“Empty Vessels” is streamlined funk with an undulating groove that you never want to end—trust me on this. Creese executes a minimalist, “King Sunny Adé on a short leash” guitar mantra, while Ted spits leery squiggles of sax over everything. The rudimentarily funky “Play The Game” sounds like it’s repeatedly falling down the stairs into a Manhattan jazz club circa 1961, as TM shreds his larynx with some babble. Without warning, the song speeds up… because Dada. “The Ruminant Plinth” is the closest Blurt comes to a single (which it was): It’s the sort of jittery yet maniacally disciplined jazz funk that could make Fela Kuti’s Africa ’70 sweat their asses off. With contrarian bullheadedness, Blurt closes with “Arthur,” the LP’s slowest cut; Ted and the guys sound relatively narcotized, but the melismatic jazz funk will surely put you in a strange reverie.

There’s nothing on Blurt that’s as rabble-rousing and catchy as their early-’80s singles “The Fish Needs A Bike” and “Get,” but this remains Blurt’s most consistent full-length effort and an essential, bizarrely shaped piece of the original post-punk puzzle. -Buckley Mayfield

Julie Tippetts “Sunset Glow” (Utopia, 1975)

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Sunset Glow came to my attention in the ’90s when underground-rock musician Bob Bannister of Tono Bungay mentioned in some zine that it was his favorite album of all time. That recommendation spurred me to search for the British soul vocalist’s debut LP, which I’ve only been able to find on CD. (Tip: A label could make a nice chunk of change with a vinyl repress of Sunset Glow.)

Previously Tippetts had sung with Brian Auger’s dynamite soul-jazz group the Trinity and had some success with their epic cover of Donovan’s “Season Of The Witch.” (Who didn’t back then?) With Auger, Tippetts—then known as Julie Driscoll; she changed her name when she married prog-rock keyboardist Keith Tippett—belted her numbers with flamboyant bravado and soulful throatiness. She has a voice you remember and savor. Its passion and timbre suggests she lives life to the fullest, and then some. So it’s somewhat of a surprise to dip into the aptly titled Sunset Glow and encounter a suite of seven songs that confront you on much more intimate and poised terms—although if you’re familiar with Driscoll’s superb 1969 album from ’71, the shock’s not quite so strong. In fact, they make wonderful companion pieces in her catalog.

Sunset Glow‘s opening song, “Mind Of A Child,” is a slow-blooming flower of summertime soul balladry that stands up with the best of your Joni Mitchells, Margo Guryans, and Linda Perhacses. You say “YES!” to it within a minute, and revel in its pensive bombast, if you have any damn sensitivity in you at all. “Oceans And Sky (And Questions Why?)” approaches a Linda and Sonny Sharrock-ian level of astral-jazz levitation and chaos. The title track carries a wandering, woebegone air that’s tempered with hints of optimism; one hears similarities here to Tim Buckley at his most oceanically amorphous.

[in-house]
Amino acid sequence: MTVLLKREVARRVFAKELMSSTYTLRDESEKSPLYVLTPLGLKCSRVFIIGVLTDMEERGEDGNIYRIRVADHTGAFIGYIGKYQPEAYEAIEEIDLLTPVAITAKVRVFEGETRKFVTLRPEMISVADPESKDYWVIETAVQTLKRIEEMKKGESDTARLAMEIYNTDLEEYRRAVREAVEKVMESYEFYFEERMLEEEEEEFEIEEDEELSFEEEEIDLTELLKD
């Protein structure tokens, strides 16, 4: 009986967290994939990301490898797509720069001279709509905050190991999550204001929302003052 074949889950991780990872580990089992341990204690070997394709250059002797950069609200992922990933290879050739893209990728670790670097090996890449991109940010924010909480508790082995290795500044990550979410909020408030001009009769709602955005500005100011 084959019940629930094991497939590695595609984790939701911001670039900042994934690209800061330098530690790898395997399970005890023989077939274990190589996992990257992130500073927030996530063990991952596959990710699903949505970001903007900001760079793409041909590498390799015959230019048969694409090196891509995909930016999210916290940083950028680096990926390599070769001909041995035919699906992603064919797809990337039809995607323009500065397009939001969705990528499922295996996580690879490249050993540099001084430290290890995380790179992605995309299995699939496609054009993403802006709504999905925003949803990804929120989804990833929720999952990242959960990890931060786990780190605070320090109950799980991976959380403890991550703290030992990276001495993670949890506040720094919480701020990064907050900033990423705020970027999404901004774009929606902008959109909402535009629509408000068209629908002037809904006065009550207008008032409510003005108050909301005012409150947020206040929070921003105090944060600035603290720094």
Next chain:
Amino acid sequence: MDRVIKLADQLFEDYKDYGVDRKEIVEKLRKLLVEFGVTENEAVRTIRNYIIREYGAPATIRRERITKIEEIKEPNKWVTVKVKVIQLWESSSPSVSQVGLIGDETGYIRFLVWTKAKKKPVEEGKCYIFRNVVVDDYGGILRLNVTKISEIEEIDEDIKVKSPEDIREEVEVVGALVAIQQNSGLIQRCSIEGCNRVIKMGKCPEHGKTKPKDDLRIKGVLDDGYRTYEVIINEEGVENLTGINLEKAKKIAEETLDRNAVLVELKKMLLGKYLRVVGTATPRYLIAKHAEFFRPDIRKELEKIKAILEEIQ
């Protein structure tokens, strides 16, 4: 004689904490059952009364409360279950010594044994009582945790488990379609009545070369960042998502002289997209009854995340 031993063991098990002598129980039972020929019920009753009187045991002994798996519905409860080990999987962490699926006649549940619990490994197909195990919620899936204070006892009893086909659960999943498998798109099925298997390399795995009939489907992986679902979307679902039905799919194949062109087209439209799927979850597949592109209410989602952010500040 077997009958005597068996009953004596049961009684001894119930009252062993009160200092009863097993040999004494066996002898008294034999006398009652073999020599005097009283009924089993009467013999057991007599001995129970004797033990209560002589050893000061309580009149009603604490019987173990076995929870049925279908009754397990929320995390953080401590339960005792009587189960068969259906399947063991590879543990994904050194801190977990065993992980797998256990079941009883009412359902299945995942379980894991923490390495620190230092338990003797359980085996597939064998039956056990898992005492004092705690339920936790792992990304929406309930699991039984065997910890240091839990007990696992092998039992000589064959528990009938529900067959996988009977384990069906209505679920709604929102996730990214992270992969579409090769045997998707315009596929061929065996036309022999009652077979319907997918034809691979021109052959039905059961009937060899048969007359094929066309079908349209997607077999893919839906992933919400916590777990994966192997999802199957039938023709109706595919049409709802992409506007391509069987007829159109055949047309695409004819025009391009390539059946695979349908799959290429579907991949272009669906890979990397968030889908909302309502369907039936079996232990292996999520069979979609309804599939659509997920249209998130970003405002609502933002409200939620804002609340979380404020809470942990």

“Lilies” and “What Is Living” find Tippetts in sublime mantric mode, singing in her most dulcet timbre and as if in a trance. You feel as if she and the band are slyly luring you into a slow vortex of sensuality and existentialism. The latter’s lyrics—“What is living—if you can’t live to love?/What is living—if you can’t love to give?/What is living—if you can’t give everything?/What is everything—if it’s not living?”—possess a satisfying circularity and humble wisdom. The final track, “Behind The Eyes (For A Friend, R),” is just Tippetts singing and playing piano in a tender, gorgeous tribute to the recently paralyzed Robert Wyatt. What a classy finale.

Tippetts enlisted a crack band of Canterbury prog musicians to help her realize her special vision, including her husband, various Soft Machine and Centipede members, and South African drummer Louis Moholo. They manifested an apotheosis of artful folk jazz that could almost be viewed as the British version of Tim Buckley’s Lorca. Yeah, it’s that sublime. -Buckley Mayfield

Beaver & Krause “Ragnarök (Electronic Funk)” (Limelight, 1969)

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Back in 1997, I spotted a tattered copy of Ragnarök in a New Orleans used-record shop. The sexuagenarian owner had carefully wrapped the entire cover with clear tape, as it was eroded and moldy with water damage. Intrigued, I asked the proprietor to play the record so I could determine if I wanted to drop the $34 he was asking for it. (At the time, that was a very large amount for me to spend on a used LP.) From the first seconds of the title track, I knew I had to have it, astronomical sum be damned. It sounded like the most sinister and strange dystopian-sci-fi-film theme this side of Gil Mellé’s Andromeda Strain score. Years later, I found a clean copy, but I’ve always kept the original to remind myself of that magical moment in NOLA that turned me on to the peculiar genius of synthesizer maestros Paul Beaver and Bernie Krause.

Before they cut Ragnarök, Beaver & Krause had put together the synth-demonstration box set The Nonesuch Guide To Electronic Music. It’s good for a listen or two, and then you put it on your shelf to impress collectors. In 1967, Beaver wilded out on a Moog in the Monkees’ “Star Collector.” And Krause played a key role in helping George Harrison record his 1969 Moog-powered LP Electronic Sound; side two was essentially Krause giving Harrison a synth tutorial, which Krause had no idea would be released and with which he wasn’t pleased. Around the same time, Krause and Beaver cut Ragnarök, their masterpiece—and, maddeningly, their hardest release to obtain. On the back cover, Beatles producer George Martin rhapsodizes about B&K’s Moog prowess: “Among the earliest to realize the potential of the instrument, their knowledge and technique of its use are unsurpassed.” The late studio wizard was on point.